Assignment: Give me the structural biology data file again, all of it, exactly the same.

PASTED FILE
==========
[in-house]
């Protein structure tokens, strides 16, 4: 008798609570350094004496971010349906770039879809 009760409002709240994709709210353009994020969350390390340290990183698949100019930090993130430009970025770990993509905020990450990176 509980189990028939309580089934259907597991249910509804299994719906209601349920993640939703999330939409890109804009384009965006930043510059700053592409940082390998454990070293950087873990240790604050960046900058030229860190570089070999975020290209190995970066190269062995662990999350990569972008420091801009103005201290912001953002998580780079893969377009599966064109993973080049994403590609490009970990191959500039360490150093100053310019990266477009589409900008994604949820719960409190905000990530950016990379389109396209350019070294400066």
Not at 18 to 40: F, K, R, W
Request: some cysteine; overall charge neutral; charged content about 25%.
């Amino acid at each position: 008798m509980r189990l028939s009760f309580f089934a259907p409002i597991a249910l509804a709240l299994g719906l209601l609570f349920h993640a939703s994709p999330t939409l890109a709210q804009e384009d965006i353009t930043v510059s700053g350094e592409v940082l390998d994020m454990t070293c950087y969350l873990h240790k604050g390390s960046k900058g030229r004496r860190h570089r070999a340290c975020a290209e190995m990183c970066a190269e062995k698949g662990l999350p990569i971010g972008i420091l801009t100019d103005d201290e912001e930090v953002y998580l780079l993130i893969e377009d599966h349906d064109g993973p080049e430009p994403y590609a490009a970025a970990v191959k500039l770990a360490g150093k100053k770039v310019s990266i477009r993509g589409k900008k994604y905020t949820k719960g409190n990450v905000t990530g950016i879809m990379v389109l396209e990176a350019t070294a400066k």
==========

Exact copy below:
[in-house]
């Protein structure tokens, strides 16, 4: 008798609570350094004496971010349906770039879809 009760409002709240994709709210353009994020969350390390340290990183698949100019930090993130430009970025770990993509905020990450990176 509980189990028939309580089934259907597991249910509804299994719906209601349920993640939703999330939409890109804009384009965006930043510059700053592409940082390998454990070293950087873990240790604050960046900058030229860190570089070999975020290209190995970066190269062995662990999350990569972008420091801009103005201290912001953002998580780079893969377009599966064109993973080049994403590609490009970990191959500039360490150093100053310019990266477009589409900008994604949820719960409190905000990530950016990379389109396209350019070294400066």
Not at 18 to 40: F, K, R, W
Request: some cysteine; overall charge neutral; charged content about 25%.
């Amino acid at each position: 008798m509980r189990l028939s009760f309580f089934a259907p409002i597991a249910l509804a709240l299994g719906l209601l609570f349920h993640a939703s994709p999330t939409l890109a709210q804009e384009d965006i353009t930043v510059s700053g350094e592409v940082l390998d994020m454990t070293c950087y969350l873990h240790k604050g390390s960046k900058g030229r004496r860190h570089r070999a340290c975020a290209e190995m990183c970066a190269e062995k698949g662990l999350p990569i971010g972008i420091l801009t100019d103005d201290e912001e930090v953002y998580l780079l993130i893969e377009d599966h349906d064109g993973p080049e430009p994403y590609a490009a970025a970990v191959k500039l770990a360490g150093k100053k770039v310019s990266i477009r993509g589409k900008k994604y905020t949820k719960g409190n990450v905000t990530g950016i879809m990379v389109l396209e990176a350019t070294a400066k």